- Restrict device use around bedtime—To prevent devices from interfering with your teen’s sleep, limit device use at least 1 hour before they go to sleep and throughout the night, as some teens may stay up very late on social media or wake up and get right back on their device. Creating this environment will also help your teen become more mindful of the amount of time they spend on their device (because they aren’t always on it) and see the value of device-free life moments.
- Be mindful of your own social media use—As a parent, be a good role model by limiting your own social media use during meals and around bedtime. Your teen needs to see that you also see the value in following the same rules you expect them to follow. This will also allow you to practice slowing down, noticing when you’re on your device, appreciating time spent off your device, and so on. When you embrace the present moment yourself, you give your teen a glimpse into the what’s possible for them, too.
- Remember that strong emotions are normal and fleeting in teens—Dr. Jill Bolte Taylor, a Harvard neuroscientist who has one of the most popular TED Talks of all time, also recorded a TEDx talk about how the teenage brain handles strong emotions (watch the TEDx). Just having greater awareness about how the teenage brain works and how long emotions actually last (about 90 seconds!) can help parents and teens better navigate the ups and downs of teen life. Paying attention to the emotion as we experience it and not getting carried away by it is a mindful and healthy approach—and as Dr. Taylor says, “let’s keep ‘em alive till [age] 25!”.
- Encourage your teen to look around the room or go for a mindful walk—Bringing your attention to the present moment can be as easy as looking around the room you’re in and seeing what catches your attention (like you’re visiting a museum!) or going for a walk outside and noticing the sights, sounds, smells, and even textures of nature. Becoming interested and curious about the texture of the paint on a wall, the colors of leaves on the trees, the smells of different flowers, etc. can help pull you out of a spiral of difficult thoughts and emotions.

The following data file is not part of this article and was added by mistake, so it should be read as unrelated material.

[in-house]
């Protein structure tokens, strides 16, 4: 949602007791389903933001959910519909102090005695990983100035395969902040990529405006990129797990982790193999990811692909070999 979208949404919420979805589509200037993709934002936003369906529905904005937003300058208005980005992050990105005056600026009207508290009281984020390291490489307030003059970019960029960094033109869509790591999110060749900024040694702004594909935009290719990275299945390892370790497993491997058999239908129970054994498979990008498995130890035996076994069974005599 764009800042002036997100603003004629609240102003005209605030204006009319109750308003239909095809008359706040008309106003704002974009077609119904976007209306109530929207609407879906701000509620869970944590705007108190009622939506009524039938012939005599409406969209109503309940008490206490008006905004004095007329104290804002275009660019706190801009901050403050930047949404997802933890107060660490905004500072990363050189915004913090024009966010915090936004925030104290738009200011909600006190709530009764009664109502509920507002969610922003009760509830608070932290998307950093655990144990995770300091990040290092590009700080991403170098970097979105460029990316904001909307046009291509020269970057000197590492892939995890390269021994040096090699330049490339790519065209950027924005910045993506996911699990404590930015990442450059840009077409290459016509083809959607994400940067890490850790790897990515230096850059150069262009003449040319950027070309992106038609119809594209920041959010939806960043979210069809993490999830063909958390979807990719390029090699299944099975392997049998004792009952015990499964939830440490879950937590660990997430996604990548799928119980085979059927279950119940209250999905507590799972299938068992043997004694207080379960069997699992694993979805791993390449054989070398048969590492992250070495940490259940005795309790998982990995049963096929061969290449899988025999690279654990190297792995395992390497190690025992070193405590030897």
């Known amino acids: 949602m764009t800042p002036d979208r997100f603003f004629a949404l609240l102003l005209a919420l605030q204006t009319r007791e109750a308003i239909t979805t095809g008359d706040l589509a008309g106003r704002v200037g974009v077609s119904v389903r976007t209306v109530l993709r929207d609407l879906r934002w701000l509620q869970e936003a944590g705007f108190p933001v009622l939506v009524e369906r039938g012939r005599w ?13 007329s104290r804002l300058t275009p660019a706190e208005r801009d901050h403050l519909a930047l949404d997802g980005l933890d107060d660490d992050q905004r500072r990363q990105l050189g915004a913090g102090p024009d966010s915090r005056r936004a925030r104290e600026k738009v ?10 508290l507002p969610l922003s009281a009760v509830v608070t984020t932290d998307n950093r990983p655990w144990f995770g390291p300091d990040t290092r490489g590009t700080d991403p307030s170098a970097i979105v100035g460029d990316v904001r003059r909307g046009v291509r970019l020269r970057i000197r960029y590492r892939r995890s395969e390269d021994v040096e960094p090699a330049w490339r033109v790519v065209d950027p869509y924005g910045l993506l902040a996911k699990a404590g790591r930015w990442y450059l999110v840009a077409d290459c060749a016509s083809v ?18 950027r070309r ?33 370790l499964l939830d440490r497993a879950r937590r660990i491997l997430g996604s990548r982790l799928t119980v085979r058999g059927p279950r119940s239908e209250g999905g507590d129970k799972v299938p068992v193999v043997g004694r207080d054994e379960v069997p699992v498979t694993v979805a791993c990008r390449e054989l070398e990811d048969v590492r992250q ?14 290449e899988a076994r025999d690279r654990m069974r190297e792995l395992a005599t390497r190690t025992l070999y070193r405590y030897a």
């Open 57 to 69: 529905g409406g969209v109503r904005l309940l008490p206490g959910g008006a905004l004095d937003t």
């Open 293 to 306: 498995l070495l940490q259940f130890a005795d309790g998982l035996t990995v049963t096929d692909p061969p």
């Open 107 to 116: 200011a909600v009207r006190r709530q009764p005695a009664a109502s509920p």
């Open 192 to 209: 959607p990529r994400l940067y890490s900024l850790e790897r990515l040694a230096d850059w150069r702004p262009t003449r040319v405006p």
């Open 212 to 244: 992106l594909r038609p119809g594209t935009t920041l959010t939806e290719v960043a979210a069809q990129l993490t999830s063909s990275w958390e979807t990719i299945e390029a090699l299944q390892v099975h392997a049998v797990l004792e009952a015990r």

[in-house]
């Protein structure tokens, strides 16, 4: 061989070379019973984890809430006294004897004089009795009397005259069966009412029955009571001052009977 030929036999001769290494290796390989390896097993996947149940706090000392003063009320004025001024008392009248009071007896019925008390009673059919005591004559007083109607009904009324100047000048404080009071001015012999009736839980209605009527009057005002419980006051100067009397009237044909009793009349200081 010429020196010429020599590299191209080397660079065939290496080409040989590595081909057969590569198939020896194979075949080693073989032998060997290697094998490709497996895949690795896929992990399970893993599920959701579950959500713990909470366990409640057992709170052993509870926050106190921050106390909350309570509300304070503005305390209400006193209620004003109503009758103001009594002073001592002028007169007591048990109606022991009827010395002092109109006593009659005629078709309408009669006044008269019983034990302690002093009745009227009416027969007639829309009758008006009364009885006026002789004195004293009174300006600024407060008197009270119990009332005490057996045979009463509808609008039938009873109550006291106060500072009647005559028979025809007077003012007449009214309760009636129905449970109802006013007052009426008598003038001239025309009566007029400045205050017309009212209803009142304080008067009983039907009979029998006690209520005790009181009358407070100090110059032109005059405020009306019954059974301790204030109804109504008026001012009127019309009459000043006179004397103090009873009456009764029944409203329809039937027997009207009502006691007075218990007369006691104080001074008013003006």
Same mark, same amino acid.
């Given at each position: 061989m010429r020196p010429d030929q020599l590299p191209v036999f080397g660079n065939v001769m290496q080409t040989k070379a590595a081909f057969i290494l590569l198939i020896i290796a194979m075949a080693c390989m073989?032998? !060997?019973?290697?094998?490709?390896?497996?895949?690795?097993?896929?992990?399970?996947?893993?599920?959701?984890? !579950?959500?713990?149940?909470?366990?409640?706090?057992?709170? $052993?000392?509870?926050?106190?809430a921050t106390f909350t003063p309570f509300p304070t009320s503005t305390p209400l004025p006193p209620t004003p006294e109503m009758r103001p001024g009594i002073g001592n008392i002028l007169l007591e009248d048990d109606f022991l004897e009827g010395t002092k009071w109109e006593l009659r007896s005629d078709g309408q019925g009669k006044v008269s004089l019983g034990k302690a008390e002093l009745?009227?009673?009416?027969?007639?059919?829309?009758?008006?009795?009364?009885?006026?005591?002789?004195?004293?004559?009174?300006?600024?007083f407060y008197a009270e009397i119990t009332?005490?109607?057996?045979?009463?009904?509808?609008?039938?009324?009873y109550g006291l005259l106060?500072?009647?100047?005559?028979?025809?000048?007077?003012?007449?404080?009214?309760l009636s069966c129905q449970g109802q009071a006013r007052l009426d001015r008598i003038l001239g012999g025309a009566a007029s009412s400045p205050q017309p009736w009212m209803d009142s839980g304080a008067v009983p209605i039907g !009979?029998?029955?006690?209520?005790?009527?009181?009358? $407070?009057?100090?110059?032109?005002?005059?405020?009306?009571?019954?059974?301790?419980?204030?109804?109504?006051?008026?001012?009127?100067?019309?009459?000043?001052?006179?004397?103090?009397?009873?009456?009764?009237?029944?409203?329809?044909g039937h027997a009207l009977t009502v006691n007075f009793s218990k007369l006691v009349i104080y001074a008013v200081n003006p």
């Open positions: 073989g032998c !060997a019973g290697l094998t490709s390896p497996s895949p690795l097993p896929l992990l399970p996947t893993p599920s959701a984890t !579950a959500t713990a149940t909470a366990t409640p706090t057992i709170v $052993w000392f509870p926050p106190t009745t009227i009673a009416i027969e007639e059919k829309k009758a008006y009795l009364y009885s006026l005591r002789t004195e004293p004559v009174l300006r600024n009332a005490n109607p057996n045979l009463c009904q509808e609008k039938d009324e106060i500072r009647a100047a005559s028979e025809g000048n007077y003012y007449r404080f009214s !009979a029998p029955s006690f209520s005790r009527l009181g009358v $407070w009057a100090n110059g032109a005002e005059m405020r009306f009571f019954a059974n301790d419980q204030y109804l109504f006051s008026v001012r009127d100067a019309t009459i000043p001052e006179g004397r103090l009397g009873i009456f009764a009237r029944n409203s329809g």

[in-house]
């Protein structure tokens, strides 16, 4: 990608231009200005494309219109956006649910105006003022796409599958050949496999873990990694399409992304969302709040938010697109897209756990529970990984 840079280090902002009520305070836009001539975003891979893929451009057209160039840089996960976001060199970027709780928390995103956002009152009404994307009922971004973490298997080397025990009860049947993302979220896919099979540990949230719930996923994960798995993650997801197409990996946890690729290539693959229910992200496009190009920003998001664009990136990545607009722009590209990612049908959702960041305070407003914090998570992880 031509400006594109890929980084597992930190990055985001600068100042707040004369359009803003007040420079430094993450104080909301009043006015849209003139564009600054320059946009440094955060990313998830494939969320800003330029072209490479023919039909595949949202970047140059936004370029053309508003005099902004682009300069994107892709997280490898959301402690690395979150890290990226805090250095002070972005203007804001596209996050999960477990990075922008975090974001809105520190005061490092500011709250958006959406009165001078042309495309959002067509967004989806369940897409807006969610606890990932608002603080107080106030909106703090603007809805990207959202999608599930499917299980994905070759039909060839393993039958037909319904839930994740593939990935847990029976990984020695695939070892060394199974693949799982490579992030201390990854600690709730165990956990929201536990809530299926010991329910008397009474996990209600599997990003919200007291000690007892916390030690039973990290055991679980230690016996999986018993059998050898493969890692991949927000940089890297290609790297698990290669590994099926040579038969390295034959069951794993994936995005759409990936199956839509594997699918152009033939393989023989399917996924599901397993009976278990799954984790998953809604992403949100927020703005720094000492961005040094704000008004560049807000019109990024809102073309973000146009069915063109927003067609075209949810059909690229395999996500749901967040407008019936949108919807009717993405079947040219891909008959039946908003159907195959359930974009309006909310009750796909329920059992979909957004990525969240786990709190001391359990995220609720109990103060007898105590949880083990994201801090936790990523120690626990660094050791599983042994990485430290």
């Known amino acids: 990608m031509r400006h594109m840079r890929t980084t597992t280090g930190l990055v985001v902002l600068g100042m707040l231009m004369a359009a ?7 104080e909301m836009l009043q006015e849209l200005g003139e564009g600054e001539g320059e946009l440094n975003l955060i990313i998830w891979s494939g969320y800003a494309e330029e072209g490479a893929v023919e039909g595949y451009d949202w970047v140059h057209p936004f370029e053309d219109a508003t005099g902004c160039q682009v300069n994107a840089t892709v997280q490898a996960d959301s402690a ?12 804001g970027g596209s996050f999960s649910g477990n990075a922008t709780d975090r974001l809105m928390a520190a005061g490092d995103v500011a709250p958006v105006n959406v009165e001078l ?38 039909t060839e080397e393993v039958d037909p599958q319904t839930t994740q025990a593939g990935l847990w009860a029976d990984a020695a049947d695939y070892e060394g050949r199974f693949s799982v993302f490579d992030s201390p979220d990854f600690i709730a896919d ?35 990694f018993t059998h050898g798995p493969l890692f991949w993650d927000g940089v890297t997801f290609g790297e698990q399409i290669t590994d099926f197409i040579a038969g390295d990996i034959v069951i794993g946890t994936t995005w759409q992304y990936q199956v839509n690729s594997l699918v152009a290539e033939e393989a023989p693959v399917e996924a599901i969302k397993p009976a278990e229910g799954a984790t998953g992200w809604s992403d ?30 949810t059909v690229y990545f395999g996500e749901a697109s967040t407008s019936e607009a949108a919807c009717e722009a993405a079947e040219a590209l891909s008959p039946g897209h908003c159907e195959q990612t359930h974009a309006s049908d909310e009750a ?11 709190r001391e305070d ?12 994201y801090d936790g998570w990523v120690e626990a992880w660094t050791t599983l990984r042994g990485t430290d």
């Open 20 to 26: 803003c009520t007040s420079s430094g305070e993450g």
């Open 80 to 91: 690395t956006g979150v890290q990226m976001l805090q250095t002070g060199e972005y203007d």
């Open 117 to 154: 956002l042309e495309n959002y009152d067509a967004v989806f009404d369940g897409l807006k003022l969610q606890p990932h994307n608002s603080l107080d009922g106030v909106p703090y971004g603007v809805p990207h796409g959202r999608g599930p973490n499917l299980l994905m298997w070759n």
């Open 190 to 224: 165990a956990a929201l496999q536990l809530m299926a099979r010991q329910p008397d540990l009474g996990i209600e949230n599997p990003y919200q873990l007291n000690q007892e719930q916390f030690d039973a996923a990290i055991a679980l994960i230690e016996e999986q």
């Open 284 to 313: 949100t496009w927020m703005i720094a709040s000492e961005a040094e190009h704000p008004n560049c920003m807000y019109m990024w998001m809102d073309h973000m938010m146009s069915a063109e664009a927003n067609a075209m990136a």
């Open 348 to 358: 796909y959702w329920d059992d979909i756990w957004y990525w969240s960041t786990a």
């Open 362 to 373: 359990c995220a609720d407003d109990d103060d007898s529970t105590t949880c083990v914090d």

Want another idea? Get your teen engaged at the Y! The Y has many opportunities for teens to get off their devices and engage in person with others, move their bodies, express their emotions in healthy ways, and learn about being more mindful. Visit the Y of Greater Houston’s website to learn more about our teen programs, and we hope you and your teen find many moments to be mindful throughout each day.
#Mindfulness #Stress #Mentalhealth #Teens #Socialmedia #ForABetterUs
About the Author
Wendy Saunders is a Certified Teacher and Facilitator through Emory University in CBCT® (Cognitively-Based Compassion Training) and SEE Learning®, a K-12 educational program designed to build social, emotional, and ethical competencies through attention training, compassion cultivation, and trauma-informed resiliency skills. Wendy is also a facilitator of the Community Resiliency Model (CRM) ®, a program of the Trauma Resource Institute, the Founder of Compassionate Leader, LLC, and has worked with thousands of people in business, non-profit, education, and healthcare organizations across the country and internationally to cultivate mindfulness, compassion, resilience, and leadership skills.